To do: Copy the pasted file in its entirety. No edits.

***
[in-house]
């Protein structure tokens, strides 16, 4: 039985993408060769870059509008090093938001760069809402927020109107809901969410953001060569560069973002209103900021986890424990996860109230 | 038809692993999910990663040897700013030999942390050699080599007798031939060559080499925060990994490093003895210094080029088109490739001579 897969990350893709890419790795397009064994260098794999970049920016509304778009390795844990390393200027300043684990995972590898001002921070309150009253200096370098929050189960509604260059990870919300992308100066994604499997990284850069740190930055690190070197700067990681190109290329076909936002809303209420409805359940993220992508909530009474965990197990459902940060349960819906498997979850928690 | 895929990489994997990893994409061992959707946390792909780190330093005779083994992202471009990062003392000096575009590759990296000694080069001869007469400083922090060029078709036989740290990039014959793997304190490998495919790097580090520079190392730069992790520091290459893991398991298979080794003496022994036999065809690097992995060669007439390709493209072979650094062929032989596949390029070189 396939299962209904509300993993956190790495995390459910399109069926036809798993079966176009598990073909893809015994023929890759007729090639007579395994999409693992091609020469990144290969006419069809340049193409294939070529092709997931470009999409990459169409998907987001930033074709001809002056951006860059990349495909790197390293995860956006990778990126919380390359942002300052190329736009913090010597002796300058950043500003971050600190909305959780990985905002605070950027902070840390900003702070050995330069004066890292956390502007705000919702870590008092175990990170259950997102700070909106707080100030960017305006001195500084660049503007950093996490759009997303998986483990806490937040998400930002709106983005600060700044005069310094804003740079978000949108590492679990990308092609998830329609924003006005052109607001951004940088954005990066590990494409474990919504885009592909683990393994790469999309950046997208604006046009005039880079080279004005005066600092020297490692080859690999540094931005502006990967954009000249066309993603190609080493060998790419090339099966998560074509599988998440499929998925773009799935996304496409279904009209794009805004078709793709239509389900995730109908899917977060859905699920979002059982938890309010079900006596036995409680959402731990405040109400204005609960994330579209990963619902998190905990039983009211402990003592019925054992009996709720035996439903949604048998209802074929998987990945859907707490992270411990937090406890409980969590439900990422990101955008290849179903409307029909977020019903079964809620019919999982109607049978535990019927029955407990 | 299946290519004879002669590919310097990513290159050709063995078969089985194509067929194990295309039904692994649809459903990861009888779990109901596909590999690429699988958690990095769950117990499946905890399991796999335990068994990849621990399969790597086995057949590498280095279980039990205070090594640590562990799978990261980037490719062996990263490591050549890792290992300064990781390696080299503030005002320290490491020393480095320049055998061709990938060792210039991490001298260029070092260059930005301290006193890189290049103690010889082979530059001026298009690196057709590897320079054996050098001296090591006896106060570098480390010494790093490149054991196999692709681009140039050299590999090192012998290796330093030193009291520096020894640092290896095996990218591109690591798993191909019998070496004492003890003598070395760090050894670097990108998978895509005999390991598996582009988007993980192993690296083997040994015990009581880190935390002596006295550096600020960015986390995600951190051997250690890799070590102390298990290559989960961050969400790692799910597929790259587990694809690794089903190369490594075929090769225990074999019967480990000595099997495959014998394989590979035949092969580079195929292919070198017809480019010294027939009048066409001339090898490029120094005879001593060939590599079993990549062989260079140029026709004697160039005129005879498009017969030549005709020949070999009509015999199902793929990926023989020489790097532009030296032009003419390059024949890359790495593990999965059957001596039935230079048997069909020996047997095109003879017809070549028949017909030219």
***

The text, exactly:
[in-house]
């Protein structure tokens, strides 16, 4: 039985993408060769870059509008090093938001760069809402927020109107809901969410953001060569560069973002209103900021986890424990996860109230 | 038809692993999910990663040897700013030999942390050699080599007798031939060559080499925060990994490093003895210094080029088109490739001579 897969990350893709890419790795397009064994260098794999970049920016509304778009390795844990390393200027300043684990995972590898001002921070309150009253200096370098929050189960509604260059990870919300992308100066994604499997990284850069740190930055690190070197700067990681190109290329076909936002809303209420409805359940993220992508909530009474965990197990459902940060349960819906498997979850928690 | 895929990489994997990893994409061992959707946390792909780190330093005779083994992202471009990062003392000096575009590759990296000694080069001869007469400083922090060029078709036989740290990039014959793997304190490998495919790097580090520079190392730069992790520091290459893991398991298979080794003496022994036999065809690097992995060669007439390709493209072979650094062929032989596949390029070189 396939299962209904509300993993956190790495995390459910399109069926036809798993079966176009598990073909893809015994023929890759007729090639007579395994999409693992091609020469990144290969006419069809340049193409294939070529092709997931470009999409990459169409998907987001930033074709001809002056951006860059990349495909790197390293995860956006990778990126919380390359942002300052190329736009913090010597002796300058950043500003971050600190909305959780990985905002605070950027902070840390900003702070050995330069004066890292956390502007705000919702870590008092175990990170259950997102700070909106707080100030960017305006001195500084660049503007950093996490759009997303998986483990806490937040998400930002709106983005600060700044005069310094804003740079978000949108590492679990990308092609998830329609924003006005052109607001951004940088954005990066590990494409474990919504885009592909683990393994790469999309950046997208604006046009005039880079080279004005005066600092020297490692080859690999540094931005502006990967954009000249066309993603190609080493060998790419090339099966998560074509599988998440499929998925773009799935996304496409279904009209794009805004078709793709239509389900995730109908899917977060859905699920979002059982938890309010079900006596036995409680959402731990405040109400204005609960994330579209990963619902998190905990039983009211402990003592019925054992009996709720035996439903949604048998209802074929998987990945859907707490992270411990937090406890409980969590439900990422990101955008290849179903409307029909977020019903079964809620019919999982109607049978535990019927029955407990 | 299946290519004879002669590919310097990513290159050709063995078969089985194509067929194990295309039904692994649809459903990861009888779990109901596909590999690429699988958690990095769950117990499946905890399991796999335990068994990849621990399969790597086995057949590498280095279980039990205070090594640590562990799978990261980037490719062996990263490591050549890792290992300064990781390696080299503030005002320290490491020393480095320049055998061709990938060792210039991490001298260029070092260059930005301290006193890189290049103690010889082979530059001026298009690196057709590897320079054996050098001296090591006896106060570098480390010494790093490149054991196999692709681009140039050299590999090192012998290796330093030193009291520096020894640092290896095996990218591109690591798993191909019998070496004492003890003598070395760090050894670097990108998978895509005999390991598996582009988007993980192993690296083997040994015990009581880190935390002596006295550096600020960015986390995600951190051997250690890799070590102390298990290559989960961050969400790692799910597929790259587990694809690794089903190369490594075929090769225990074999019967480990000595099997495959014998394989590979035949092969580079195929292919070198017809480019010294027939009048066409001339090898490029120094005879001593060939590599079993990549062989260079140029026709004697160039005129005879498009017969030549005709020949070999009509015999199902793929990926023989020489790097532009030296032009003419390059024949890359790495593990999965059957001596039935230079048997069909020996047997095109003879017809070549028949017909030219």